Tuesday, January 22, 2019

Rural Food Fraud Campaign in Pictures

A 3-month rural food fraud crackdown is underway in China. Food safety regulation, inspection and enforcement tends to be especially lax in rural communities. This campaign, apparently timed for the peak shopping season leading up the Spring Festival holiday, is intended to reassure rural residents that authorities care about them and to improve the quality of life in the countryside. The Ministry of Agriculture said the campaign is meant to prevent potential risks arising from the large rural food market which is characterized by "low-level" consumption, served mainly by small, scattered merchants with insufficient supervision. Regulation of rural food markets is a "long-term, arduous task," the Ministry said. This post will explain the program using propaganda illustrations.
[note: about half of these images mysteriously disappeared after posting and can no longer be found online]
Propaganda cartoon shows a rat carrying "fake and shoddy foods" 
from the "city" where the flashlight of "supervision" shines to the countryside.
Truck carrying "problem food" drives through a "supervision" 
loophole from city to countryside under cover of night.
Local officials from six departments are inspecting rural food shops, markets, small restaurants and workshops to root out fraudulent or shoddy foods (as described by authorities in a Fujian Province locality):
  • Fraudulent or mislabeled foods: untruthful factory name or location, logo, product name, product image.
  • "Copycat" infringement: fake packaging, labels and lettering imitating food brands to fool consumers.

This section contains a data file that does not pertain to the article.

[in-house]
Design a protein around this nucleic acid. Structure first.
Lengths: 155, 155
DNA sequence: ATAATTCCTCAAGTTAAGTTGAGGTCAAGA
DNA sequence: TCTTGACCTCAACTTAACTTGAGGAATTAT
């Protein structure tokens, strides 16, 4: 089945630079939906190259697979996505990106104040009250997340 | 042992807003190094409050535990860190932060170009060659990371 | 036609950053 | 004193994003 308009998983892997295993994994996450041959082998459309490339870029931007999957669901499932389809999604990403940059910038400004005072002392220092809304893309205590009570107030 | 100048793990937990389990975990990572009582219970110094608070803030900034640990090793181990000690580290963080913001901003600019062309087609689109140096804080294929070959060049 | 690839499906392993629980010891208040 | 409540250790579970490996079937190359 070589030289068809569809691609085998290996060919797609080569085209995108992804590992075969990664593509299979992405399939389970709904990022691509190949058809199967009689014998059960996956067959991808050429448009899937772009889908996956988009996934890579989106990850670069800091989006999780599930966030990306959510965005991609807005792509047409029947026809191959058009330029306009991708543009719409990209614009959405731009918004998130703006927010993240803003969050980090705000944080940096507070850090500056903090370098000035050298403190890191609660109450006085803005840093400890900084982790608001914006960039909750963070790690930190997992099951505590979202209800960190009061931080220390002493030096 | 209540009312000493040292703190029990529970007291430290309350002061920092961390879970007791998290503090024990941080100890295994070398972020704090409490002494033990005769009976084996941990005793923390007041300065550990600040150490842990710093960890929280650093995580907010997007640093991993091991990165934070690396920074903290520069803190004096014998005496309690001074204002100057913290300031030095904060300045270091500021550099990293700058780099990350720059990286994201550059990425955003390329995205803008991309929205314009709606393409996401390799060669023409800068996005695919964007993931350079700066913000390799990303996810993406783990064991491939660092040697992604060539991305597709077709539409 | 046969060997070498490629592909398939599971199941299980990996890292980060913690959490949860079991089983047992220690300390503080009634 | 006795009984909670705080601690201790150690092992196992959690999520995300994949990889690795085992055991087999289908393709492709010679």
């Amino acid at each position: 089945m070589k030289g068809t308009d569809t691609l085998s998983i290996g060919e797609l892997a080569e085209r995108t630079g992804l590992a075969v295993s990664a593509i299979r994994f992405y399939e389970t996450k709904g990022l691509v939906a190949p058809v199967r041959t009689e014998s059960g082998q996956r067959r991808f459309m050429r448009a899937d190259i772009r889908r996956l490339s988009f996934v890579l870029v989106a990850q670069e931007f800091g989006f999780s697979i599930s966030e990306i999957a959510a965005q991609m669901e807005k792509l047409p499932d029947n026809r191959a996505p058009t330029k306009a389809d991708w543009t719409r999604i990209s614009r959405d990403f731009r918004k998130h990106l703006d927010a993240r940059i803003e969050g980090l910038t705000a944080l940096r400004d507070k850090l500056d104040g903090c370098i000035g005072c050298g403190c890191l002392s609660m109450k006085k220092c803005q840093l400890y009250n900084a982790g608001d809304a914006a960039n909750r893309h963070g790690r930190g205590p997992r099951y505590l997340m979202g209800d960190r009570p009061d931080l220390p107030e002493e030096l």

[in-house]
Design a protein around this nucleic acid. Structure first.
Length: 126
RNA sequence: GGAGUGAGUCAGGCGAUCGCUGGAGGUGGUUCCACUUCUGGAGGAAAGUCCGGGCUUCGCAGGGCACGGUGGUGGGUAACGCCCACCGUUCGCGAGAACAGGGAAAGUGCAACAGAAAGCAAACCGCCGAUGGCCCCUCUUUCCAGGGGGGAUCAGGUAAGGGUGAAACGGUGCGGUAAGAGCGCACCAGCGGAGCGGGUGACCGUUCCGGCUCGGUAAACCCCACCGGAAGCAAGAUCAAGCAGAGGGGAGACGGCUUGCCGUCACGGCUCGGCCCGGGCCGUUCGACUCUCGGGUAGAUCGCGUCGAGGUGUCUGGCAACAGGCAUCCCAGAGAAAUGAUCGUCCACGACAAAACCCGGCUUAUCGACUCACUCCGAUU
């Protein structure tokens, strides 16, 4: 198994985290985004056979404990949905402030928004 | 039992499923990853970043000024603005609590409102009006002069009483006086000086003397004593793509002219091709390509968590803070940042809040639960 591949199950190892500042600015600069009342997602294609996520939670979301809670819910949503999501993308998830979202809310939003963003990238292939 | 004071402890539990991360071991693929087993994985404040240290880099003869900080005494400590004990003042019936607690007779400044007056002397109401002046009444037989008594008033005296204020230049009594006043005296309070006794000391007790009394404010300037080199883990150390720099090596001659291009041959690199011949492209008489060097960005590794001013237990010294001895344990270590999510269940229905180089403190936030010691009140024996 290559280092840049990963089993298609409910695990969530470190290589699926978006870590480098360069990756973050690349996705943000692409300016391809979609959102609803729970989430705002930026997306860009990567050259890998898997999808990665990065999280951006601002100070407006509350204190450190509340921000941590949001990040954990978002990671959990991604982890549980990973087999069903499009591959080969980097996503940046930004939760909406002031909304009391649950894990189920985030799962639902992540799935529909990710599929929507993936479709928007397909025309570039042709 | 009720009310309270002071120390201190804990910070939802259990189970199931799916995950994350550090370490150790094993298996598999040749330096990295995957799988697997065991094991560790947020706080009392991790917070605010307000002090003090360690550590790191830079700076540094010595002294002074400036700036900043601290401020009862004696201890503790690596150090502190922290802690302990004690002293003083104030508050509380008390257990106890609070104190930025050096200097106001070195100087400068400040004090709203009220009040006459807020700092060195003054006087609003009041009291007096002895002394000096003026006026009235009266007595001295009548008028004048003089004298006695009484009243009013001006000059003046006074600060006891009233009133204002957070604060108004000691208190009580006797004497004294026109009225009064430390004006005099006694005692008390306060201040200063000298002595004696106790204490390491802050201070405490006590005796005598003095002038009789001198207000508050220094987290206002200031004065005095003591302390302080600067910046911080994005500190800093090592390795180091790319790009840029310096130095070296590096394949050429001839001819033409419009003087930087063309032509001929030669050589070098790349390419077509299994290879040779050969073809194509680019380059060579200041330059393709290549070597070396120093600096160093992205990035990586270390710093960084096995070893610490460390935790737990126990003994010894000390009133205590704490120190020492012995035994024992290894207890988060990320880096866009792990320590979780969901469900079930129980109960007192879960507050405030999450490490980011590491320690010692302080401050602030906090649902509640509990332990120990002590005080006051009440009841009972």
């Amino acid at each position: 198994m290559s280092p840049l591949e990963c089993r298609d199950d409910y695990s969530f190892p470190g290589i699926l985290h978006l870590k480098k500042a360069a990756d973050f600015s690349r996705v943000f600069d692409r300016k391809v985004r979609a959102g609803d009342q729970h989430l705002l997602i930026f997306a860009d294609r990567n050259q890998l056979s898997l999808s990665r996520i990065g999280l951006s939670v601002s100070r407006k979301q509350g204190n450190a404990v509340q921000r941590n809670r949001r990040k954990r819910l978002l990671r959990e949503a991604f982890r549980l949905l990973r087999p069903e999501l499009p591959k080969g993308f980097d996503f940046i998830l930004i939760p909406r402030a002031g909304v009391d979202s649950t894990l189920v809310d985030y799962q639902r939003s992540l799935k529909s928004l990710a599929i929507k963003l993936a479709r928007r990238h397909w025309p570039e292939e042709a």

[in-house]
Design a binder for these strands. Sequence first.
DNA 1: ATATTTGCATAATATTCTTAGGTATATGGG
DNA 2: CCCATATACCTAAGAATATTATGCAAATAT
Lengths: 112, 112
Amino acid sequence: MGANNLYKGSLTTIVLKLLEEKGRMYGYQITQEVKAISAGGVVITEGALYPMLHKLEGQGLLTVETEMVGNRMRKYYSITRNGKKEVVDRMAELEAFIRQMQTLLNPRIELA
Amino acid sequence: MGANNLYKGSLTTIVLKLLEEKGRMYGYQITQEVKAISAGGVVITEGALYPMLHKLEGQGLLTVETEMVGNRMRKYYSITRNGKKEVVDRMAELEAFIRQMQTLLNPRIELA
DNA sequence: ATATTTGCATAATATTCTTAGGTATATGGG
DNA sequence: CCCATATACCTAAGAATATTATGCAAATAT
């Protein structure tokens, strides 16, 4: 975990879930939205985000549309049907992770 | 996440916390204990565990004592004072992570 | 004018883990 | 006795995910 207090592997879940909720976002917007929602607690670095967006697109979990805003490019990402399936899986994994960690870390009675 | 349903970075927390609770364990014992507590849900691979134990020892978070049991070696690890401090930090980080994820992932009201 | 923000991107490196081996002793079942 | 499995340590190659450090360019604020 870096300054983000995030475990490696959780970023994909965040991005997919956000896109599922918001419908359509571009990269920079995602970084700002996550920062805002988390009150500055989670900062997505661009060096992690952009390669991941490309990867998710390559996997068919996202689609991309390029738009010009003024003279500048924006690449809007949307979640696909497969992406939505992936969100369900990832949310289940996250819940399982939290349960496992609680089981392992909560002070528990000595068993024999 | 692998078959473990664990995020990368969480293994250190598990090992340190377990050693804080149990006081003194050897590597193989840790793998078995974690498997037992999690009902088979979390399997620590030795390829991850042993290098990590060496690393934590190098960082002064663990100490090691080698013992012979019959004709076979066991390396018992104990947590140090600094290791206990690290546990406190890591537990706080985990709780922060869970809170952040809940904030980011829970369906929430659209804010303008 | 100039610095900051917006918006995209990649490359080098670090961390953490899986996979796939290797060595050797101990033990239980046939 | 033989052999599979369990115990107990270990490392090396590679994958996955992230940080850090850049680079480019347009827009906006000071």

• Counterfeits: fake mutton, dog or donkey meat.
  • Labels that do not identify the manufacturer, lack a production date or license.
  • Inferior quality food: shoddy or not compliant with national standards
  • Food past its sell-by date
  • Vegetables lacking a digital code to ensure traceability
Counterfeits are a target of the campaign: a cookie package uses similar colors and 
lettering with a slightly different Chinese character, and an image similar to a bona fide Oreo package.
A cartoon used as part of the rural food fraud campaign shows a shabbily-dressed peasant 
carrying a box of "copy cat foods" and thinking he will "also eat brand-name foods"
The campaign focuses on instant foods, snack foods, alcoholic beverages, condiments like soy sauce and vinegar, dairy products, and meat. Inspectors will focus on small food producers, shops, food stalls and vendors, small restaurants, and small traders. Inspections will be stepped up during holidays, weddings and funerals, and peak times for farm work.
Food past its sell-by date is painted with chemicals by a dishonest merchant.

Red letters crowded on this Shanghai document show six separate local bureaucracies expected to jointly carry out the rural fake food campaign: agricultural and commercial bureaus, police, bureaus for market supervision and intellectual property rights, and the farm supply and marketing cooperative.  
Officials inspect a food counter in a supermarket

Banners announcing the crackdown on rural food fraud in a county town reassure consumers 
but also warn perpetrators to clean up their act until the 3-month campaign is over

Truckloads of illegal food hauled away! Campaign is a great success! 
Officials go back to their offices in six different buildings. Problem solved...until the next campaign.
The intent is to change this cycling between crackdowns and business as usual, 
but the Ministry of Agriculture describes it as "a long and arduous task."

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